I went to Boston this weekend with a friend, another pastor from our church. I’m going to take this week and write about four people (which yes happen to be all women) we encountered – the pretty lady in the pub, the small black lady on the subway, the French hostess at the restaurant, and the blond maid on the plane.
The Pretty Lady in the Pub:
We were having lunch just off of Boston Common with two staff members from Park Street Church. My friends were talking about the fifty or so colleges in Boston when I noticed her. She had brown hair hanging to her shoulders. She was well-dressed with her coat still on, her scarf hung over the back of her chair. She was on the other side of the small room, but I could still see her lip quivering. Her eyes were watering and she shielded her face with her right hand. She’d speak something and then wipe her tears.
The man across the table was ten or so years older and held an emotionless face. The man certainly wasn’t her friend or brother for there was no compassion shown. Just short comments in return and a stone cold gaze. My first thought was he was leaving and she was heartbroken, though her tears could’ve been tears of sorrow over her own regretful actions. She was falling apart and I didn’t know why.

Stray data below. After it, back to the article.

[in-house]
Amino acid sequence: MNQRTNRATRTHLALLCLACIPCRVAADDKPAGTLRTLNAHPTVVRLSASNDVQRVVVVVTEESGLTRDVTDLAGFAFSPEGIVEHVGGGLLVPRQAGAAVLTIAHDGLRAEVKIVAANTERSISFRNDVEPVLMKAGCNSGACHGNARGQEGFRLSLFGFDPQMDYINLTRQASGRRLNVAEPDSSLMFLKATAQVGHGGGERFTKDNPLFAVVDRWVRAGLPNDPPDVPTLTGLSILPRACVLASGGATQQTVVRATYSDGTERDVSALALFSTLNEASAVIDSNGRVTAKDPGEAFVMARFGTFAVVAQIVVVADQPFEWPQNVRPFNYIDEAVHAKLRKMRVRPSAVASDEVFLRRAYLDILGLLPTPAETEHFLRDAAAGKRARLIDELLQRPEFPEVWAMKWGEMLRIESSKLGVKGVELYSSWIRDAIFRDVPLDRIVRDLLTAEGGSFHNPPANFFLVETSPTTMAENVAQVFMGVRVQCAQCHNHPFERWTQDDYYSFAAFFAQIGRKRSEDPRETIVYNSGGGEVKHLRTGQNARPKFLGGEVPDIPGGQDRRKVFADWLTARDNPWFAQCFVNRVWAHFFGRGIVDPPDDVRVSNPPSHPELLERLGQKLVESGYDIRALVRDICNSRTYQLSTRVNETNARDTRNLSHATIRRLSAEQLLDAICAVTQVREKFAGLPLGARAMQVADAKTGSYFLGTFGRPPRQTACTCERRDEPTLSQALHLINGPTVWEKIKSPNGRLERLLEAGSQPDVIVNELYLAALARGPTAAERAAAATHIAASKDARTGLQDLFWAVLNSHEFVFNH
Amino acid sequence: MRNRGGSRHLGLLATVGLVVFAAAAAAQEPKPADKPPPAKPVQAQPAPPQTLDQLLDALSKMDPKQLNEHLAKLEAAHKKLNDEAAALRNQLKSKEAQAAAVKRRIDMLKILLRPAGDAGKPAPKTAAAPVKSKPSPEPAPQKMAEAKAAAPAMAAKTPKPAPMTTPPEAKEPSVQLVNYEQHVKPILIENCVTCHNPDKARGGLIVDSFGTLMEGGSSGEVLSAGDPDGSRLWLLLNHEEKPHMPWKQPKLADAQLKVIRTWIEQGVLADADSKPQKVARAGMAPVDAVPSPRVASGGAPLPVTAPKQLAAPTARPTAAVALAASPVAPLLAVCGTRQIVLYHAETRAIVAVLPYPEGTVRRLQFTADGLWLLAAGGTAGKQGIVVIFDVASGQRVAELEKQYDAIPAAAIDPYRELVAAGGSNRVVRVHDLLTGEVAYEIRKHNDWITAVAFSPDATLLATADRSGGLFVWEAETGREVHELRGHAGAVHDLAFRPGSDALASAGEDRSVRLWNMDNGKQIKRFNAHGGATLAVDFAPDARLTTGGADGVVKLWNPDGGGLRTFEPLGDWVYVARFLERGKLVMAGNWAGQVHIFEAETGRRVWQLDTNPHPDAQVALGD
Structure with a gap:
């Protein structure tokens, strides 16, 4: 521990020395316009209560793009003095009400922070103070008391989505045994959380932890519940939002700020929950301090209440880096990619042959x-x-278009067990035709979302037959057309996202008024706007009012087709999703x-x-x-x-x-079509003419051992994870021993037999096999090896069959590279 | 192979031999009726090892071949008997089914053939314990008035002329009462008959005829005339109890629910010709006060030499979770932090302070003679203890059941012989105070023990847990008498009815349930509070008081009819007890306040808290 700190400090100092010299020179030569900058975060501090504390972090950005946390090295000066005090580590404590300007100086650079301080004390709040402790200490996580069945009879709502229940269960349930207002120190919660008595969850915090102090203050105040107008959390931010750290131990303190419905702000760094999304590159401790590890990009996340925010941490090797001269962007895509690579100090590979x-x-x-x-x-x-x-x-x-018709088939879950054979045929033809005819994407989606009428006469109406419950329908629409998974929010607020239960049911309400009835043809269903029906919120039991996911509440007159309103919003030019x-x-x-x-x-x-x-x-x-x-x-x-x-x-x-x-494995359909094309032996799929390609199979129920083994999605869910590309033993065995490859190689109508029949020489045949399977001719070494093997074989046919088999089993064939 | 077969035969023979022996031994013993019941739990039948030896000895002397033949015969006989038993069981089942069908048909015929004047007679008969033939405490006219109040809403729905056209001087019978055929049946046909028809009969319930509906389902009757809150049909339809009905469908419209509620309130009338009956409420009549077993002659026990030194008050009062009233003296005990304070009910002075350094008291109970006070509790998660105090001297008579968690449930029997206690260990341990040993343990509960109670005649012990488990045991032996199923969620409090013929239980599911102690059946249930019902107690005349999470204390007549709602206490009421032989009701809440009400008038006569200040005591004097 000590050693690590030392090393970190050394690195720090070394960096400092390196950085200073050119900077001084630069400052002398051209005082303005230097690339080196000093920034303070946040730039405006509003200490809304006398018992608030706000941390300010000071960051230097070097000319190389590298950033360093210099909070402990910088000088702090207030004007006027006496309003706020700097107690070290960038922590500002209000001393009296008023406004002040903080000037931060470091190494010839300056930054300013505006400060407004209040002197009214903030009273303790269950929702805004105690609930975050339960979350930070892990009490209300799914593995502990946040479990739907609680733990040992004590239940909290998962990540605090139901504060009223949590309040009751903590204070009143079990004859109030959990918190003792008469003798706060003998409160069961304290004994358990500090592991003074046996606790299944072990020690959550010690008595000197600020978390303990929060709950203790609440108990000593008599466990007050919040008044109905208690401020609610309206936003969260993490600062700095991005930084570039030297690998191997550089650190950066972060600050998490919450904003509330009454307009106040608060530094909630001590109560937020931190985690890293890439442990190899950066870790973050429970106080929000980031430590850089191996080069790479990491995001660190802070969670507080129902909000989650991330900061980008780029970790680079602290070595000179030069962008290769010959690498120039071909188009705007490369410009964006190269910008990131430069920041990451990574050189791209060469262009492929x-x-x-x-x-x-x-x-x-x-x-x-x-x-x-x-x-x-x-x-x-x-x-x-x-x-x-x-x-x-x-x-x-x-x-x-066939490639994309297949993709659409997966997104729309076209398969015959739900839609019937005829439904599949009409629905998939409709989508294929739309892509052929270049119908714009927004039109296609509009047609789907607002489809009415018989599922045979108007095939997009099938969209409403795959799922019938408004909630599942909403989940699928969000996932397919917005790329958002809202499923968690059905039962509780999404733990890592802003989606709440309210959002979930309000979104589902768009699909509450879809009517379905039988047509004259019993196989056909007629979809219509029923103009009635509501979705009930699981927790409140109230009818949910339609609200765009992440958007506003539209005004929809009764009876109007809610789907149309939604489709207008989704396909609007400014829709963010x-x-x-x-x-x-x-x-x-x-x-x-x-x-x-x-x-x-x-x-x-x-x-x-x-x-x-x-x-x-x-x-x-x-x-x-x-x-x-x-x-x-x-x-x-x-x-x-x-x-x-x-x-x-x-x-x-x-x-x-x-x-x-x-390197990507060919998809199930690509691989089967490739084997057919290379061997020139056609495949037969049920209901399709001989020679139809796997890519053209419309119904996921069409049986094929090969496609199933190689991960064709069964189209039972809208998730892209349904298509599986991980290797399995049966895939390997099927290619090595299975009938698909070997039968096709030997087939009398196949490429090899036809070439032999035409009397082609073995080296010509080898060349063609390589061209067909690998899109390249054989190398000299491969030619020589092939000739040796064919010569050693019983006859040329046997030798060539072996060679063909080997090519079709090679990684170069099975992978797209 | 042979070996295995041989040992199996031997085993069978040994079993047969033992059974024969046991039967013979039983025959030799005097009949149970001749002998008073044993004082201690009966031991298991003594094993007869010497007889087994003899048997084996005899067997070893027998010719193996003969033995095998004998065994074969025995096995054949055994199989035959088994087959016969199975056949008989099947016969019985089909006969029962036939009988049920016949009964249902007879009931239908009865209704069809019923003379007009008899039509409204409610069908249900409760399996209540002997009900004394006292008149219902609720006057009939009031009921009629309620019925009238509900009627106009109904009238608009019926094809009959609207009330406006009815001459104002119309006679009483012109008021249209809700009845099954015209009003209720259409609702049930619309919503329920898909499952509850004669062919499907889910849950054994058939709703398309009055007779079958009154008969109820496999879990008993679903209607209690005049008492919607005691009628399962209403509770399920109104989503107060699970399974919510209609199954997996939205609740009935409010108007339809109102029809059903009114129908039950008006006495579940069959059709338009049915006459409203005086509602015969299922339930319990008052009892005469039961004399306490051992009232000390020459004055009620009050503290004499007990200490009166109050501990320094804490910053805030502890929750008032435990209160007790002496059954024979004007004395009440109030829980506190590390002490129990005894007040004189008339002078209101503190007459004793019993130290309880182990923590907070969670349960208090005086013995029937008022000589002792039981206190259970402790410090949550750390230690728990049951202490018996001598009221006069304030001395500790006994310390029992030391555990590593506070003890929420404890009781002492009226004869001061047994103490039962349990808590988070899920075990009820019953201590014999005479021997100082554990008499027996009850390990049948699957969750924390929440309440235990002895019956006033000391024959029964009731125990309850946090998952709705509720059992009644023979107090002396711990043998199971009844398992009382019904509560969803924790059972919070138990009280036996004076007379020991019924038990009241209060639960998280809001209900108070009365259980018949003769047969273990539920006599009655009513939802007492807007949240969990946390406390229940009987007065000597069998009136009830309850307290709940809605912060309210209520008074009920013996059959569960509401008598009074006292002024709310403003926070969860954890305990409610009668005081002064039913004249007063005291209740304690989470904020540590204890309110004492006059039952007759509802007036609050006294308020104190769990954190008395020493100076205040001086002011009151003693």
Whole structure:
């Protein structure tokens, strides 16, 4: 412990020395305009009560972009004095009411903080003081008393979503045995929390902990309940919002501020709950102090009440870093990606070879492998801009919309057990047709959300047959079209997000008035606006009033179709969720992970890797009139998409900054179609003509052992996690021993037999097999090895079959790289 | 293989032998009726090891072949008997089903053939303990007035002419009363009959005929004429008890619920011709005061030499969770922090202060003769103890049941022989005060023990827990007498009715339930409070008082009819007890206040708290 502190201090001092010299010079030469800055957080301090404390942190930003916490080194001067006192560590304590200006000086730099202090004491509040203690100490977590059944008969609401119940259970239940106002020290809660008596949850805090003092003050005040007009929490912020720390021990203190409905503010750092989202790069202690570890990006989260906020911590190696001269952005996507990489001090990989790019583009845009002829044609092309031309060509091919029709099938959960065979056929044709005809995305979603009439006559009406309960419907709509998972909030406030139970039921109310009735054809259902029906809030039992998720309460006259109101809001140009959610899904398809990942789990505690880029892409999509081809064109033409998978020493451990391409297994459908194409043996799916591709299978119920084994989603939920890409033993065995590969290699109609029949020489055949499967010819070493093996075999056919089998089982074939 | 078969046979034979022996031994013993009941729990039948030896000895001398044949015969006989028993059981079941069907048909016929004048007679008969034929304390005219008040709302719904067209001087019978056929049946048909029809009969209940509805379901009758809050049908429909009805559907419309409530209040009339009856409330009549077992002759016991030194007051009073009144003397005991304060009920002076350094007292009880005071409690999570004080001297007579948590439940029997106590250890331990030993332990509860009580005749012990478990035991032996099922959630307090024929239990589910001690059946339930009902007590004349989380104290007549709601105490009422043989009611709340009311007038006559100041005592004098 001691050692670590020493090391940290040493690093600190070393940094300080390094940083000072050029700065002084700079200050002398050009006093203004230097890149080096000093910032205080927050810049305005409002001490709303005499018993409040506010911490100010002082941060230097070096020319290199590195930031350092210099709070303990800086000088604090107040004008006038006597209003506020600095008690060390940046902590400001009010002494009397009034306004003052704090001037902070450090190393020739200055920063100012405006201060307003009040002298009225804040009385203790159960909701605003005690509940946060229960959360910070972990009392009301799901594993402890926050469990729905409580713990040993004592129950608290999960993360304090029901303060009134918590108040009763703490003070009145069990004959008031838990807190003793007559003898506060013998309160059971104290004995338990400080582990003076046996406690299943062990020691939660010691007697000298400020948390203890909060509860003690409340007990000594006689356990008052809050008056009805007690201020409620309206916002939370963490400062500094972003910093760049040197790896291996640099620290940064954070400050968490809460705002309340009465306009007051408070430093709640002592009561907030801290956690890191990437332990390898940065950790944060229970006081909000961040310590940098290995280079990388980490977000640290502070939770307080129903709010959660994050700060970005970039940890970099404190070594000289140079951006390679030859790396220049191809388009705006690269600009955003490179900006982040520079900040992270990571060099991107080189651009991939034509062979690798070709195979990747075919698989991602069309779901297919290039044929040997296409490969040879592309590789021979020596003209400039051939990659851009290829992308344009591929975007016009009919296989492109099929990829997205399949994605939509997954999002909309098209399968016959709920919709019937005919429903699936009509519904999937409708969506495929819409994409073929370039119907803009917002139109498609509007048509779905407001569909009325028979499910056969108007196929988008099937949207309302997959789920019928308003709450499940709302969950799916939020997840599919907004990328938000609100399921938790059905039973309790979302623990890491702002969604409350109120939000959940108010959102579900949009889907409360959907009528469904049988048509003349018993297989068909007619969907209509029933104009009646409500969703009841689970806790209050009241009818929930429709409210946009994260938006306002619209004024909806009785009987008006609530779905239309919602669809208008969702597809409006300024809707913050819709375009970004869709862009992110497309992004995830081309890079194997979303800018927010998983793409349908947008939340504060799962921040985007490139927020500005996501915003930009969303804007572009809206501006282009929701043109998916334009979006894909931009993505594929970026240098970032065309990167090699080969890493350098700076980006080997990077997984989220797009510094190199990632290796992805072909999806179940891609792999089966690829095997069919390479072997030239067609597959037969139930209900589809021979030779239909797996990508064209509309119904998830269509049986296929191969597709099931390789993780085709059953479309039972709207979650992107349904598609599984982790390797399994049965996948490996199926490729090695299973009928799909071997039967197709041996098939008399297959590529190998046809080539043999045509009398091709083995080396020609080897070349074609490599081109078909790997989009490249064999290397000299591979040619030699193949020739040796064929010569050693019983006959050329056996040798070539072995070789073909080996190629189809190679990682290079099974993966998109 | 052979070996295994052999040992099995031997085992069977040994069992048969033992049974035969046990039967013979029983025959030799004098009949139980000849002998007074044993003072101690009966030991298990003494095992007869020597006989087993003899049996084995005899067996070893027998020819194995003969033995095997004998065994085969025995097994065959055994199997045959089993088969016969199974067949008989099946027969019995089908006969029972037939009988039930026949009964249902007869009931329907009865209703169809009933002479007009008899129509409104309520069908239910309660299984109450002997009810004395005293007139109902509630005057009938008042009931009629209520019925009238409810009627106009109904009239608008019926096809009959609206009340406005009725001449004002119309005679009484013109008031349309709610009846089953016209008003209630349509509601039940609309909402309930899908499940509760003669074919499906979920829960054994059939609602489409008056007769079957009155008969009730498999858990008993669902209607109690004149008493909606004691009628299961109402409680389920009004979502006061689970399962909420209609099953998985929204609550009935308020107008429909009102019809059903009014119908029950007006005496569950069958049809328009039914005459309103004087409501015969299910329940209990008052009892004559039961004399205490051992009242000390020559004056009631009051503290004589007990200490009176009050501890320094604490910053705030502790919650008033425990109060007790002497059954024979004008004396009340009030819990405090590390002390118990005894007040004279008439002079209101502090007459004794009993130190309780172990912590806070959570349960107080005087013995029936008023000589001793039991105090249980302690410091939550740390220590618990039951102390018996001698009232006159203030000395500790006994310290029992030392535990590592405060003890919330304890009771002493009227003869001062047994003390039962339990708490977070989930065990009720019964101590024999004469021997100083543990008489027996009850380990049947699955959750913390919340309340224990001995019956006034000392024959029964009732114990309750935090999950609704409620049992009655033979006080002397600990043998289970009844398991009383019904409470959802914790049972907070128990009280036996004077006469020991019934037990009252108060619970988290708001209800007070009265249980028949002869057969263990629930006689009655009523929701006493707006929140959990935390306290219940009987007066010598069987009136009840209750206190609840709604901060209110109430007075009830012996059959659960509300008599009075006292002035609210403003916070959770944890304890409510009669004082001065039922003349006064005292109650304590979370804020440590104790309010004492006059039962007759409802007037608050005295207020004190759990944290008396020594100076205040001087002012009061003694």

We finished our meal, paid our bill, and she was still sitting there crying with her coat on when we left.
I wanted to do something, to say something, to offer them some sort of hope for whatever predicament they found themselves in, but I didn’t think there was anything I could do. It wasn’t a conversation I could have. There was no open door to enter. I want to be granted the power to heal people, to sprinkle some magical dust over them as I walked out of the restaurant knowing all their problems and issues would simply disappear.
Sometimes I get to play a minor non-magical-dust-sprinkling role in people working through a issue, though sometimes I try to play a role and nothing happens. And other times, like this, I’m an outsider watching something sad which I never get to enter.